The Watcher Ending Explained: A Culture Of Paranoia, Revealed

Netflix's "The Watcher" is the kind of show that makes you want to talk to your TV screen. The endlessly twisty, perpetually borderline nonsensical series that's loosely based on a true story necessitates more than the occasional "WHAT?!" response. It's a show that keeps viewers guessing right up until the moment it ends, and indeed, at some points seems designed more as a guessing game than an actual narrative.

The series is about the Brannock family: Bobby Cannavale's high-anxiety patriarch Dean, Naomi Watts as his artist wife Nora, and their two teen kids. But more aptly, it's about one family's experience with fear and paranoia in the form of anonymous threatening letters, and the way those feelings seem to spread like a virus to the people around them. Was "The Watcher" successful at everything it tried to do? Not quite. But was it entertaining to watch the show throw everything at the wall and see what sticks? Definitely. It was also, to be frank, pretty baffling. 

Let's parse through some of the finer points of the series' biggest mysteries.

So, who was The Watcher?

The short answer is: we don't know! Across its seven episodes, the series presents one or more suspects per episode, feeding the Brannocks and us viewers increasingly convincing theories every time. Then it leaves us hanging, with a scene that shows real estate agent and new 657 Boulevard owner Karen (Jennifer Coolidge) scared out of her wits after someone kills her dog. We also see a hooded figure in Karen's home, revealing that the threat of The Watcher was real the whole time.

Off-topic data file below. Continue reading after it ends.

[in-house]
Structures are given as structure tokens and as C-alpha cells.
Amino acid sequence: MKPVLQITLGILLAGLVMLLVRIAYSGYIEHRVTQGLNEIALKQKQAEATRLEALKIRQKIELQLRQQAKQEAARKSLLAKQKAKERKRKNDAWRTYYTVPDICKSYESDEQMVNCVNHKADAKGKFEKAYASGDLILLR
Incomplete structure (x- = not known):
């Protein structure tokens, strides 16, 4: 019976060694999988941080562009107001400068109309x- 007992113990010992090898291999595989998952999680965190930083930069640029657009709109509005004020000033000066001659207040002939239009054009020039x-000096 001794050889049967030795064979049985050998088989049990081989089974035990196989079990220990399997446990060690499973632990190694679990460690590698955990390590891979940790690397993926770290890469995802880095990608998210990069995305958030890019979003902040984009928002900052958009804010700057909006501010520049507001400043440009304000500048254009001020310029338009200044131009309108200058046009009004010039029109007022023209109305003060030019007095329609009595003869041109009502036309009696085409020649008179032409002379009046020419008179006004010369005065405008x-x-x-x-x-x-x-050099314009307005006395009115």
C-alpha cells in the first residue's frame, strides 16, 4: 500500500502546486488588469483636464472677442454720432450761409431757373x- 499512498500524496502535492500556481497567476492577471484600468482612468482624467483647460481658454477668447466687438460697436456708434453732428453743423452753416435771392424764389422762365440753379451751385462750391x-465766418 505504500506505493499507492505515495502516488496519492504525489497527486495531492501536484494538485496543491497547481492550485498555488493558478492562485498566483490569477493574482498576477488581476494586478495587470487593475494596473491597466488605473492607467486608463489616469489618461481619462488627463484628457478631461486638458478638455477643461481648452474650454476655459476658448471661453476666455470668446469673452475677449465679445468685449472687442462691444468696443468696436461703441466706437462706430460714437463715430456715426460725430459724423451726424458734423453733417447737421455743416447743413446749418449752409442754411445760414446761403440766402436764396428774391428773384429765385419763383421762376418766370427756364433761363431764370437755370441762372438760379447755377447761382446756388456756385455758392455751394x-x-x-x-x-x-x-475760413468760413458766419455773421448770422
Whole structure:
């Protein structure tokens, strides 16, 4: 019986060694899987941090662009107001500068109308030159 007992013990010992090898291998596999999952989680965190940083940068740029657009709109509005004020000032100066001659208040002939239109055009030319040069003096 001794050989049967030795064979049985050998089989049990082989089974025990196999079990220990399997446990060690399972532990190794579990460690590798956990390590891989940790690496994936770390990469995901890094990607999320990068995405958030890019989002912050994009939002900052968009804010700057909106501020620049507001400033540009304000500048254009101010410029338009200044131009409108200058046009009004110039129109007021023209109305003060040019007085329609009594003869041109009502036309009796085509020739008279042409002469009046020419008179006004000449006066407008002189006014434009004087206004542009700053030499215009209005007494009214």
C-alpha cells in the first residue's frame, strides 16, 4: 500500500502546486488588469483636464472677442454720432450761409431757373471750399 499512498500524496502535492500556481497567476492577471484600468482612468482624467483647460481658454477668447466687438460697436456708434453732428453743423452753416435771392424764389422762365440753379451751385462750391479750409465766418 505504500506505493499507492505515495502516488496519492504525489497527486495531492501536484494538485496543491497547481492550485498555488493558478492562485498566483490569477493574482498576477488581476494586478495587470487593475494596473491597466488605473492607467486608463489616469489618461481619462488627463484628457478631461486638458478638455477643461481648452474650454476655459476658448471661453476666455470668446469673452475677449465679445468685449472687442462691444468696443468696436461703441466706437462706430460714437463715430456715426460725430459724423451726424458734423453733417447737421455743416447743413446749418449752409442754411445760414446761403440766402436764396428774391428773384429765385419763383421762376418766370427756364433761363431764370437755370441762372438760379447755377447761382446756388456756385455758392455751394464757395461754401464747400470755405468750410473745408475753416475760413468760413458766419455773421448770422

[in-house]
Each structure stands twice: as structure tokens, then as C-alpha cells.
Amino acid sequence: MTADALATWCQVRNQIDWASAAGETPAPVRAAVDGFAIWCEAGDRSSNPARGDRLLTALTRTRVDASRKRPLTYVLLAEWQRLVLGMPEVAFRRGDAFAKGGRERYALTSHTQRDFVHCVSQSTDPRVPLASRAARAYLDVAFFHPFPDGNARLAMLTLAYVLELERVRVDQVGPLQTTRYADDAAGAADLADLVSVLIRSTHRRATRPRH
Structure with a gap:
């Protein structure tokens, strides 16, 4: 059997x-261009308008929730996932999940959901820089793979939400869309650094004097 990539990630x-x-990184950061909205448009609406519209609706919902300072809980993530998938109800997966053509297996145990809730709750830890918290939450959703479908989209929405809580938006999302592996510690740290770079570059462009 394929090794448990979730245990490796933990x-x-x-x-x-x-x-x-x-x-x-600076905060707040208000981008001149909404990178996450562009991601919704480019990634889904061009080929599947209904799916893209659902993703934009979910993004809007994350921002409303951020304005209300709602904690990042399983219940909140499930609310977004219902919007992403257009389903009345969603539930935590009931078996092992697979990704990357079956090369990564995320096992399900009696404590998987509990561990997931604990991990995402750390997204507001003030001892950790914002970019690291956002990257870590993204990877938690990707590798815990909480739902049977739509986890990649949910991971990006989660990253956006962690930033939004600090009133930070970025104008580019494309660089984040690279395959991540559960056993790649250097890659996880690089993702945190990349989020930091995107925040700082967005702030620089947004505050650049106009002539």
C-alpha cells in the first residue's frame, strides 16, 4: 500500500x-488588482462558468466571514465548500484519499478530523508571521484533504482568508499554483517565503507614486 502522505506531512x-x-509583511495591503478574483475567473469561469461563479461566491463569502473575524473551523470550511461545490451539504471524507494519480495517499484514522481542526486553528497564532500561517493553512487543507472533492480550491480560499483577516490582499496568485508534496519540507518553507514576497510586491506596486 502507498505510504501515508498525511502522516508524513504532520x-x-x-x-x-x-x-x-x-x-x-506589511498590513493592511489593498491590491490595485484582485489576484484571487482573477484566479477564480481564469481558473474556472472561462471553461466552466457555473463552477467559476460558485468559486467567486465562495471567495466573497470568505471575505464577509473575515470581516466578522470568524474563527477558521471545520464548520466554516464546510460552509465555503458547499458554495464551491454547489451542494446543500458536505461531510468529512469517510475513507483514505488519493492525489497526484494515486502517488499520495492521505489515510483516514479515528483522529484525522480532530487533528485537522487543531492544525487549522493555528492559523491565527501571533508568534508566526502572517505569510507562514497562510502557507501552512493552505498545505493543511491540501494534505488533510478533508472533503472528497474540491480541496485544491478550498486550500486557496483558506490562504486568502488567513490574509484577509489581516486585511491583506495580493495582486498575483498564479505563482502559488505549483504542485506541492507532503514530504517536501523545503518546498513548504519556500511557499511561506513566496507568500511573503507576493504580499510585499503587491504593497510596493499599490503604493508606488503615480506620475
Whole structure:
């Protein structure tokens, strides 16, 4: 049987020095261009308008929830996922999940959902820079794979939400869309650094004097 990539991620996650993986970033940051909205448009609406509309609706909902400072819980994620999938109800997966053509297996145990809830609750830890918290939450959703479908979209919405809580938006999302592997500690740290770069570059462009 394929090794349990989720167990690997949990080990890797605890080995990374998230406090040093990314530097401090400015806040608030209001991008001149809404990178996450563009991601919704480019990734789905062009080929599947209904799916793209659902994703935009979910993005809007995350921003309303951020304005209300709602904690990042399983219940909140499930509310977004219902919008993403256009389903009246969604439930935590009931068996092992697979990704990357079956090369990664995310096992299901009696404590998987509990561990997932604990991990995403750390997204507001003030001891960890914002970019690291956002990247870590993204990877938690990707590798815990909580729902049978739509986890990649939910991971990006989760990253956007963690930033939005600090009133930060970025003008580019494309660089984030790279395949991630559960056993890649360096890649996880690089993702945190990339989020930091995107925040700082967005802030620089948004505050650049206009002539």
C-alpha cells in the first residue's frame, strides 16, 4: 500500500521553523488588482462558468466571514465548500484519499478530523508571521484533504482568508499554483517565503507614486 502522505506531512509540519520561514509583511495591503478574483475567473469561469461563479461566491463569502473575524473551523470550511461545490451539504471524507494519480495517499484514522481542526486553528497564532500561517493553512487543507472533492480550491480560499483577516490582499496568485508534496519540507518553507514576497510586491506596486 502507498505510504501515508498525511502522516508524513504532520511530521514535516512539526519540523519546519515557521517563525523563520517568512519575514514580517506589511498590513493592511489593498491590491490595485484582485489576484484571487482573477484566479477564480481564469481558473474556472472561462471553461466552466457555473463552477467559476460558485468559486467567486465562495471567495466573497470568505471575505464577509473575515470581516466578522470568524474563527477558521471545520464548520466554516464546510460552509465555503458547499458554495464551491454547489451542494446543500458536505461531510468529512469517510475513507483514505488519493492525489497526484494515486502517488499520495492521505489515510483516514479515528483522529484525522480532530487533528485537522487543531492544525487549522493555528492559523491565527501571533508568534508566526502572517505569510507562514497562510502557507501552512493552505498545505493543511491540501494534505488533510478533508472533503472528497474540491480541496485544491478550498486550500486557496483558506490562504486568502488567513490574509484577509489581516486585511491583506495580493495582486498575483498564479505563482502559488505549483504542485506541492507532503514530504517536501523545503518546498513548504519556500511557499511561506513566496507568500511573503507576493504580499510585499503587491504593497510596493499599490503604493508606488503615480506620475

Plus, there's the Dean of it all. The man who's been most bothered by The Watcher this whole time ends the series becoming a watcher himself, using the fake name John — the same name as the maybe-fake man who maybe killed his family in the house before — as he observes the home's new owners. He lies to Nora about it, but it turns out she's parked nearby too, watching him watch the house. Does all of this mean Dean was The Watcher all along? Were some of the more damning evidence scenes we saw the product of his own mind? Maybe, but I also think it's not so simple as all of that.

The power of fear and paranoia

At its core, "The Watcher" seems to be about conspiratorial thinking and the way it can diminish a person's capacity for reason. Throughout the series, sinister-seeming characters co-opt fearmongering language when they talk about how the world is no longer safe, and reminisce about how people used to leave their doors unlocked. Interestingly, the series also often presents us with purposely bad evidence, like the handwriting analysis (this is a deeply unreliable pseudoscience), stories "you won't read in the news," and Dean's assertion that the city is dangerous despite the fact that nothing bad ever happens to the Brannocks there.